The last time that the Federal Reserve (Fed) was widely expected to start reducing, or “tapering,” its bond purchase program, earlier this fall, interest rates increased and the market tanked. Widely referred to as the “taper tantrum”—a term I wish that I had invented—the drop was quickly reversed when Fed officials came out and reassured the market that, in fact, they had no intentions of pulling back, ever. Really.
That was then. Since that time, the economy has shown improved growth, interest rates have ratcheted back down, and the stock market has recovered and powered up to new highs. With the recent good economic news—much higher levels of GDP growth than expected, higher employment figures and lower unemployment, and very positive business surveys, among other highlights—the Fed is at a point where a taper pretty much has to start soon. Maybe not this week, but soon. The budget deal in Washington also makes a taper more likely because the last reason for the Fed to continue its stimulus was worry about fiscal policy disruption.
At the same time that the real economy and political environment are improving, however, we see the market pulling back again. As the news gets better—and the prospect of the Fed starting to pull back on its stimulus gets more and more likely—the market gets twitchier and twitchier.
I have held the view that a taper is overdue and should start soon, and that, in fact, that would be beneficial and necessary as a step toward normalizing the economy. I still hold that view, but I have also held the view that the markets had expected, and had priced in, a taper. But I am no longer nearly as convinced of that. I suspect that the markets remain dependent, at least in part, on the prospect of continued Fed support, and that we might get a worse reaction to a taper than I had expected.
I don’t want to go overboard on this. There are other reasons why the markets have pulled back. One of the biggest, in my opinion, is the large number of negative earnings announcements recently. Per David Rosenberg of GluskinSheff last Friday, 94 of the S&P 500 companies have issued earnings downgrades compared with 12 having issued upgrades, which is the worst ratio in the past seven years. I have been talking for some time about the problems with continued earnings growth, and that might be starting to sink in.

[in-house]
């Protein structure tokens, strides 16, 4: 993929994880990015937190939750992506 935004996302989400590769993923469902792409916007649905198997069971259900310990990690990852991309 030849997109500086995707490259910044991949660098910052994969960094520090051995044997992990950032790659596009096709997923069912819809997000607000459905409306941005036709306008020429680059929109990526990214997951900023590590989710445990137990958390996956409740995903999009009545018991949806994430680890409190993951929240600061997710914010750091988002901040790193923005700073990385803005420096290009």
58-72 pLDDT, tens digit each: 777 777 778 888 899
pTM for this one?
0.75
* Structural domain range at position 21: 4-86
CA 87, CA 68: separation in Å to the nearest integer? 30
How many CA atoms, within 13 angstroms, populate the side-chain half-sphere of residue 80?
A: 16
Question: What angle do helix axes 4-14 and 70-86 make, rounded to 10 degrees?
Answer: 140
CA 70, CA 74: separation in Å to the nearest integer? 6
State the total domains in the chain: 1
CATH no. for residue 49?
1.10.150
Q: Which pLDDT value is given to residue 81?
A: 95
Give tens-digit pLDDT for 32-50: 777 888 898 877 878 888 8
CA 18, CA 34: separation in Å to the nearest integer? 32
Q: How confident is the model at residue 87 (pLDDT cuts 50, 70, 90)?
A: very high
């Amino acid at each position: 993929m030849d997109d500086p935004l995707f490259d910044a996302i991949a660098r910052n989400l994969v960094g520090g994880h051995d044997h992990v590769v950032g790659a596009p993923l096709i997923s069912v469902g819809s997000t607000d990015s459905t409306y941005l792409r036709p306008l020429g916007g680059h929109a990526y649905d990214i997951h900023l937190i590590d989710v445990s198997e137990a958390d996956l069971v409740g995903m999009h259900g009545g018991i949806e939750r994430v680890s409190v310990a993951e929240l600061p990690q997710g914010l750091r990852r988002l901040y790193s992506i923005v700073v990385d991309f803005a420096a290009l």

Another reason for the market pullback could be the pending implementation of Obamacare, which could negatively affect company performance. The final one, which I don’t think is widely appreciated yet, is the pending sticker shock when people pay their taxes in April. I expect that this will be a major political event, and one that could lead to economic repercussions.
The other significant factor here is the action, collectively, of retail investors. Although they have been flocking to stocks recently, last week, mutual fund investors—largely retail—pulled $6.5 billion out, making for the largest weekly drawdown in 2013. This is a big turnaround from October, when CNN was reporting that investors were on track this year to put the most money into stock funds since 2000. In fact, three of the top five months for inflows to stock mutual funds have happened this year.
Given the strong performance of the stock market so far, many institutional investors are all in—and are likely to remain so—until early next year. Retail investors have also been all in, so the pullback last week could be a worrying sign. If institutional investors decide to take some gains off the table early next year, and retail investors do the same, the current weakness could become something worse.
Right now, technical factors remain supportive but are weakening. With valuations high by historical levels and earnings being downgraded at a high rate, caution remains appropriate on a fundamental basis. Anyone expecting the market to continue its growth next year will have to explain where the earnings growth will come from or why investors will be willing to continue to pay more in a rising interest rate environment. Perhaps the recent weakness reflects difficulty in doing just that.